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Archaeologia Cantiana Vol. 58 - 1945 page 8

                                THE MEDIEVAL PAINTED GLASS OF CHILHAM. By C. R. Councer, F.S.A. 

The more obvious features of Chilham the Castle, the picturesque aspect of the village, and, in the church, the monuments, are apt to occupy so much of the visitor's time that the remains of medieval painted glass are very often overlooked. Yet in a country where in the parish churches the student of old glass has to look for fragments rather than complete windows, these remains must be accorded a high place; and I hope that this short study of them may result in an added appreciation of what is in my view by no means the least interesting feature of a building having many claims on the antiquary's attention.
   The principal remains of medieval glass are to be found in the three fifteenth century windows, each having a segmental head, two main lights with cinquefoil heads, and four trefoil-headed tracery lights, which light the north aisle of the nave.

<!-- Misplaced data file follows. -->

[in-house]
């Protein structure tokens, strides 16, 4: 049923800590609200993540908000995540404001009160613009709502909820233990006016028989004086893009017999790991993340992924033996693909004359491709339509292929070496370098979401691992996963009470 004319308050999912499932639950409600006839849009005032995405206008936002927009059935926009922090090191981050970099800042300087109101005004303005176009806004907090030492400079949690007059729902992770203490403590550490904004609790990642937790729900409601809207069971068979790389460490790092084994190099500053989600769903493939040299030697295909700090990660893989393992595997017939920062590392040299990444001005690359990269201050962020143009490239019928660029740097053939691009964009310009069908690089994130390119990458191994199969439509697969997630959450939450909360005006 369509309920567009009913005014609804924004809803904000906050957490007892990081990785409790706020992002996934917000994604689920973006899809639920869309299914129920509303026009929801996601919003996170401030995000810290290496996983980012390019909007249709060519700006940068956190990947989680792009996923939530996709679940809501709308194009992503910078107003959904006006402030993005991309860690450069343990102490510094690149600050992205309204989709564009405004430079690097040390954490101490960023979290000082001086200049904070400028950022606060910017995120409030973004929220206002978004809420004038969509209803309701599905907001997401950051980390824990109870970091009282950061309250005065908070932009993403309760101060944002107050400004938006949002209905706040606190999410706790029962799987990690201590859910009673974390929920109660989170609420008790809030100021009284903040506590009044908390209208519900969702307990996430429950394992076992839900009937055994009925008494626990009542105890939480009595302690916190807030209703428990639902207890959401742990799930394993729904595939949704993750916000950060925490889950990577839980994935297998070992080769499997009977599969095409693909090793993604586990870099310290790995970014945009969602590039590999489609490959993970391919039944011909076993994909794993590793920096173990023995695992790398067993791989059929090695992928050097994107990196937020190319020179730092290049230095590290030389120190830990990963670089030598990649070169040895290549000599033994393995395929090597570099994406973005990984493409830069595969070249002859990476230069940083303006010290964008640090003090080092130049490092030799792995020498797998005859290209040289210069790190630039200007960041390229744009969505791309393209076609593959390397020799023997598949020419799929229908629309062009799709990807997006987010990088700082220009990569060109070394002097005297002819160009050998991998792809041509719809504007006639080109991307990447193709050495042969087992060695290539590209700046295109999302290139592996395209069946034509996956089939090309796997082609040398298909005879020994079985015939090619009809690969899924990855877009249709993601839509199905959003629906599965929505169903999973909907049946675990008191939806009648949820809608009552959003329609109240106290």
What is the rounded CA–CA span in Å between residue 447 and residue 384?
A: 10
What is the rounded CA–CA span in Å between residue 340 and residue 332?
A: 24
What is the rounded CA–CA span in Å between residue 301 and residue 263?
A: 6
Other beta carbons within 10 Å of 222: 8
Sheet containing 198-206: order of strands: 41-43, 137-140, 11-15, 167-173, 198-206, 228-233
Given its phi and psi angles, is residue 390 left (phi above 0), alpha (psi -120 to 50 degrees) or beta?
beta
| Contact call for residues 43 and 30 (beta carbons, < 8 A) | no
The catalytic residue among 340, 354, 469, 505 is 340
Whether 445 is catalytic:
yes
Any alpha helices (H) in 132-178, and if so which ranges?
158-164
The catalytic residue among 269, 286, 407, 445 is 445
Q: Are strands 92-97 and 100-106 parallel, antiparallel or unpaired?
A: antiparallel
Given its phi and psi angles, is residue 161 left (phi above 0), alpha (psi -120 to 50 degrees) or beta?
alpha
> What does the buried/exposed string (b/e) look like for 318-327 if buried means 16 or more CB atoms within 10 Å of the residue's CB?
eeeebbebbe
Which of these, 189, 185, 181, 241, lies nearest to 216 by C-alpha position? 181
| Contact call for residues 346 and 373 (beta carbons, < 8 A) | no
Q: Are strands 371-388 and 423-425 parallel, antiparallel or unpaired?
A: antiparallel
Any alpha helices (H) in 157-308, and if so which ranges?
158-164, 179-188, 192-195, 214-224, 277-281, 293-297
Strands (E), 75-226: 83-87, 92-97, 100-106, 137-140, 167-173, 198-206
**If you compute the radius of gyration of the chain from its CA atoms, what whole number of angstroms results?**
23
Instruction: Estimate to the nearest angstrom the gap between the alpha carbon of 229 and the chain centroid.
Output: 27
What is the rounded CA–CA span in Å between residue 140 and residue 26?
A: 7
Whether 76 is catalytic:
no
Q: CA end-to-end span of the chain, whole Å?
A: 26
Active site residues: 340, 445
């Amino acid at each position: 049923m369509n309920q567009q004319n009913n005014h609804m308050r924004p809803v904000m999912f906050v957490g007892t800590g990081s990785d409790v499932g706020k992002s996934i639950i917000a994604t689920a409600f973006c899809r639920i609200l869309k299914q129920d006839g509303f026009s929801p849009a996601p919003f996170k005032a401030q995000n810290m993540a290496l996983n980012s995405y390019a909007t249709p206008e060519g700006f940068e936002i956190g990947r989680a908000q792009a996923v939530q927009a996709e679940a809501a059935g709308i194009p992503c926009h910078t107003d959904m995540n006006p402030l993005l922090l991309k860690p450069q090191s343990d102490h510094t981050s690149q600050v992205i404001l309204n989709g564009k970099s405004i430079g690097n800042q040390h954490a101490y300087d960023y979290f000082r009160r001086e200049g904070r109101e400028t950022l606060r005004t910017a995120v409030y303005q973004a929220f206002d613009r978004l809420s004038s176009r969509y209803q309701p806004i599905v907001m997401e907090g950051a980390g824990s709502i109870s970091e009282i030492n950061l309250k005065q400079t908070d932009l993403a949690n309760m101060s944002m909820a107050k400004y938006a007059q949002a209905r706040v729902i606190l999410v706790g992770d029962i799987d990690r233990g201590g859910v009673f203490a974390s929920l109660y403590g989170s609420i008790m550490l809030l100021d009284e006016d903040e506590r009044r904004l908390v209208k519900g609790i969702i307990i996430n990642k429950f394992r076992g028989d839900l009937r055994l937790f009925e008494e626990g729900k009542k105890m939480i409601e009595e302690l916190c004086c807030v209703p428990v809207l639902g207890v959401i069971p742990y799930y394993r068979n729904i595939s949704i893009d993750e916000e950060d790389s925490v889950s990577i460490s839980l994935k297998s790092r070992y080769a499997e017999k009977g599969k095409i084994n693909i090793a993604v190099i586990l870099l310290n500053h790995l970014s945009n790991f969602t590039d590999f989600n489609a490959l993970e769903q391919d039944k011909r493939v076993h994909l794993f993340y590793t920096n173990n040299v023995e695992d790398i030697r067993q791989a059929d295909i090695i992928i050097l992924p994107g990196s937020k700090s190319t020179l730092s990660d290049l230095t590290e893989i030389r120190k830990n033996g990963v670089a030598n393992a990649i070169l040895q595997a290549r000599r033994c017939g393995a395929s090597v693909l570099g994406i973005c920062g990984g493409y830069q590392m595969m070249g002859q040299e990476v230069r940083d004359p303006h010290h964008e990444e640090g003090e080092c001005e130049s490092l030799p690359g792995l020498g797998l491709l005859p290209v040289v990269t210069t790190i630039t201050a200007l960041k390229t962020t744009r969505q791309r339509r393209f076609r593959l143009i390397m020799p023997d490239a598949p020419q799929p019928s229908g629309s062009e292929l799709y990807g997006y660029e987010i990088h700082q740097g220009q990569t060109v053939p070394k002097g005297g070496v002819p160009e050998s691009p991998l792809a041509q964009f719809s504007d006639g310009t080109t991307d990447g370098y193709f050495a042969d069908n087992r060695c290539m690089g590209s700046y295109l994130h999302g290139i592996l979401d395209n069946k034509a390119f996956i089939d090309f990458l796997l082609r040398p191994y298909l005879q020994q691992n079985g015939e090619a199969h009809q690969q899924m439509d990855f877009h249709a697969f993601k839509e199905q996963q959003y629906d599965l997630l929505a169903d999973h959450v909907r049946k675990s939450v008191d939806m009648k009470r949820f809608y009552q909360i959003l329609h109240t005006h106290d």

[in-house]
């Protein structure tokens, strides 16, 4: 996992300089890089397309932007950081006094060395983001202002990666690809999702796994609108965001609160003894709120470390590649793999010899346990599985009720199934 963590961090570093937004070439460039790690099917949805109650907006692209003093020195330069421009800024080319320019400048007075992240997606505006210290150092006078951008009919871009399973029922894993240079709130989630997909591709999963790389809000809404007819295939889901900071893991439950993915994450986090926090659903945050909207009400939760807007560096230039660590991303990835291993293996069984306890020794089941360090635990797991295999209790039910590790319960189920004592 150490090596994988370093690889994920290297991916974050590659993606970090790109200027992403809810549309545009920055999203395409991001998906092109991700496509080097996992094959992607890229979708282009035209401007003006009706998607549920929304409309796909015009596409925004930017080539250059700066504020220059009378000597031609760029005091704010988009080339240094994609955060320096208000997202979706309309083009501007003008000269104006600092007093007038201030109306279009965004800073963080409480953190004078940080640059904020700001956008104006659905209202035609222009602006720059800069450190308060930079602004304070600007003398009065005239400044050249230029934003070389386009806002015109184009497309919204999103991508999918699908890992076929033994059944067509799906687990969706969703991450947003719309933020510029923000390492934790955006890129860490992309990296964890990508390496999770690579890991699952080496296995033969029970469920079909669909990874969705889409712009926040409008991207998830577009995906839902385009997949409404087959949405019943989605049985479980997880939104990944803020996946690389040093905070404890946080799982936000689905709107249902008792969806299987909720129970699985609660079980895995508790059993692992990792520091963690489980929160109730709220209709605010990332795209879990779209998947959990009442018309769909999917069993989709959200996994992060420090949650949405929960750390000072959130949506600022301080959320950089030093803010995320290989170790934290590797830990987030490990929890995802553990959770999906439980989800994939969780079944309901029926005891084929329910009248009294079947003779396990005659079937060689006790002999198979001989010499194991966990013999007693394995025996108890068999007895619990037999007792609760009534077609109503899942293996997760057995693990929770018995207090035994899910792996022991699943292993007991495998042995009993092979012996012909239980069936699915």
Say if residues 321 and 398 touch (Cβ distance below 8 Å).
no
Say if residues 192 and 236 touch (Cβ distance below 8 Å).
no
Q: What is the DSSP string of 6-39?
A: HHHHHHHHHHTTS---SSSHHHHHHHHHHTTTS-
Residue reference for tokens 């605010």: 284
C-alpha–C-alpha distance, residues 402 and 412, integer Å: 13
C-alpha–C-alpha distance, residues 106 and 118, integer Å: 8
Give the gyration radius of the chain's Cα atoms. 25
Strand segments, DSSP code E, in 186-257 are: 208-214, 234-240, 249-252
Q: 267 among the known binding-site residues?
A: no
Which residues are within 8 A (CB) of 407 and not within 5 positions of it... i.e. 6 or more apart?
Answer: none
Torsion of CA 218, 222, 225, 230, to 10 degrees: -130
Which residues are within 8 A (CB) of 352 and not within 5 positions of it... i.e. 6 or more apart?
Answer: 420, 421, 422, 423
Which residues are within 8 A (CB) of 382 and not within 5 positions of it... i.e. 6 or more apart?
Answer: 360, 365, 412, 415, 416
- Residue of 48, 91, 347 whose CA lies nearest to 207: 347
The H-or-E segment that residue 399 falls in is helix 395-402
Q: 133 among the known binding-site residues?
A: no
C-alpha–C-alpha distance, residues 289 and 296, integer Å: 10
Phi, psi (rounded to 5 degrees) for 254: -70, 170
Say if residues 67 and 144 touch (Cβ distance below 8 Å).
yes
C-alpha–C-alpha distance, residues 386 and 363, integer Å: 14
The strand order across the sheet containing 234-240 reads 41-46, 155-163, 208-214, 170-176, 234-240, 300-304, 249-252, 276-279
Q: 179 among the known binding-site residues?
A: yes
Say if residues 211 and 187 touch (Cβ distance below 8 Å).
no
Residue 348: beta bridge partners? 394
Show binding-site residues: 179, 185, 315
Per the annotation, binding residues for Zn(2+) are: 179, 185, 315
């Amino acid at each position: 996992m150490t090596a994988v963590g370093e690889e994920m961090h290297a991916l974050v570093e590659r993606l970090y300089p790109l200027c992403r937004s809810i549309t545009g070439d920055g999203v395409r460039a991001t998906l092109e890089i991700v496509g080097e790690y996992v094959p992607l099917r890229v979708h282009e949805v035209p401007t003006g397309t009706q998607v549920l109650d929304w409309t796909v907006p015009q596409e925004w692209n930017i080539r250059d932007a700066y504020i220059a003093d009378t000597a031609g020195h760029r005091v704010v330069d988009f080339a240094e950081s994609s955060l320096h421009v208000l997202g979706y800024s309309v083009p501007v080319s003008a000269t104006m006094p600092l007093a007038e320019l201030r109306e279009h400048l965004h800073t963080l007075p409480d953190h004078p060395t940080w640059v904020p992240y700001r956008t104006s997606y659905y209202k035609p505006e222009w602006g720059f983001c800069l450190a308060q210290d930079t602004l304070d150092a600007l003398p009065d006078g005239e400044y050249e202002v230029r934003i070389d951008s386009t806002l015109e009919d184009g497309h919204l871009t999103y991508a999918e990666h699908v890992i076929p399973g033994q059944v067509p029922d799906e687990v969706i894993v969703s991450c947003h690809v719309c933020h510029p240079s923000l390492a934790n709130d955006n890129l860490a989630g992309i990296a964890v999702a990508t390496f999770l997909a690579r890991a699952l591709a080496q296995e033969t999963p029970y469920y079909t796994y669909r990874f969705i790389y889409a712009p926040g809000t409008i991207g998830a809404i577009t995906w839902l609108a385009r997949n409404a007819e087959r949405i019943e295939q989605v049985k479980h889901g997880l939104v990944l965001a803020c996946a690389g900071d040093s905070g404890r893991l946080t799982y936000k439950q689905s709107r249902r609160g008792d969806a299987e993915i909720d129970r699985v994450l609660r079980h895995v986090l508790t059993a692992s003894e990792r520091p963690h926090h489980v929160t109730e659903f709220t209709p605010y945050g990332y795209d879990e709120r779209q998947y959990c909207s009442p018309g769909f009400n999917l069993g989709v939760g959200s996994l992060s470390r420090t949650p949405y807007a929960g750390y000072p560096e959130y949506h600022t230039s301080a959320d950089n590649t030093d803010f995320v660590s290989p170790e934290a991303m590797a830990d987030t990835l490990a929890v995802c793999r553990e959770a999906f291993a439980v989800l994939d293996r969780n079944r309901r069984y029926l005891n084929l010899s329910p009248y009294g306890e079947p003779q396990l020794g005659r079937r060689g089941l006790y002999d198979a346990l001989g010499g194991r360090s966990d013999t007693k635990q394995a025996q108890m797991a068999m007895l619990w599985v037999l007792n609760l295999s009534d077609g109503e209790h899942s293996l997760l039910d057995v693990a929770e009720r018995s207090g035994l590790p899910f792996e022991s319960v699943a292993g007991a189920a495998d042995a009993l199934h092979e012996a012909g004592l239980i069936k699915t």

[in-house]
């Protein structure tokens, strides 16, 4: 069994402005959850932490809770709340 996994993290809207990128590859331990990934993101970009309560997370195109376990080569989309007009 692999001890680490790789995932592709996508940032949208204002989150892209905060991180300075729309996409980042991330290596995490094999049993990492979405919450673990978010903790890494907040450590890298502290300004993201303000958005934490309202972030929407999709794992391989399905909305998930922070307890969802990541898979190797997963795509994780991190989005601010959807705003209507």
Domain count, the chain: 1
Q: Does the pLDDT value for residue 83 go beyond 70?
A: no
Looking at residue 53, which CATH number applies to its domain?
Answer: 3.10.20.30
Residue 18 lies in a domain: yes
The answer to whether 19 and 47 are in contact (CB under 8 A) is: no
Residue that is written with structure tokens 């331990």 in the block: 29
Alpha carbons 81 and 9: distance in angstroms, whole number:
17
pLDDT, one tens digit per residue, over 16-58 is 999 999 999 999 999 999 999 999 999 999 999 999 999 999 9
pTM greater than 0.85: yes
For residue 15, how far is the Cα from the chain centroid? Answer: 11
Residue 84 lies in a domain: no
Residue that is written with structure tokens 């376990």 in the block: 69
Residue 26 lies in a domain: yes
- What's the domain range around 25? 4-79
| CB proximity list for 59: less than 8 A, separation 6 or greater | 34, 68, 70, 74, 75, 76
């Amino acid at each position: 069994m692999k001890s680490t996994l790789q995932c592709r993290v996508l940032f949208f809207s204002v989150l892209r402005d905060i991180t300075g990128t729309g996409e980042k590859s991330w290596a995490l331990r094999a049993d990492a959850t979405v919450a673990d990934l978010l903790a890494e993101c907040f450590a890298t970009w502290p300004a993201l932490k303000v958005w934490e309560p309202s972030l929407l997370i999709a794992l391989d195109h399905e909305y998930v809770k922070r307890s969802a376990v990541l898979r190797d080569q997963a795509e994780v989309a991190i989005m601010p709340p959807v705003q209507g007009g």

In the first window from the east, in the tracery lights are:-
   (1) An angel carrying a censor.
   (2) St. Catherine, crowned, with wheel.
   (3) A nimbed figure, badly broken and patched with glass from some other source, holding a spear and wearing a helmet.

   (4) Another (probably) seated figure, also broken and patched; the lower part of his robe and one hand raised in blessing can be distinguished.

   In the lower lights of this window: on L. borders at sides only, made up of pieces of beautiful fifteenth century canopy work in white and yellow stain. On R. in head, an admirable fifteenth century canopy in situ, in white and yellow stain with blue background. In the centre of the canopy, a human face.
   In the second window (tracery lights).
   (1) St. Leonard, tonsured and dressed as an abbot, holding a crozier in his L. hand and in his R. a chain. Of the name of the saint inscribed below the figure only a few letters can be made out.
   (2) St. Clement, wearing the pall and papal crown. Inscription: S. CLEMAS.
   (3) St. Gregory, similarly dressed, the inscription almost illegible.
   (4) Fragments, including an angel's wings in situ and small pieces of good blue from some other source. One grisaille

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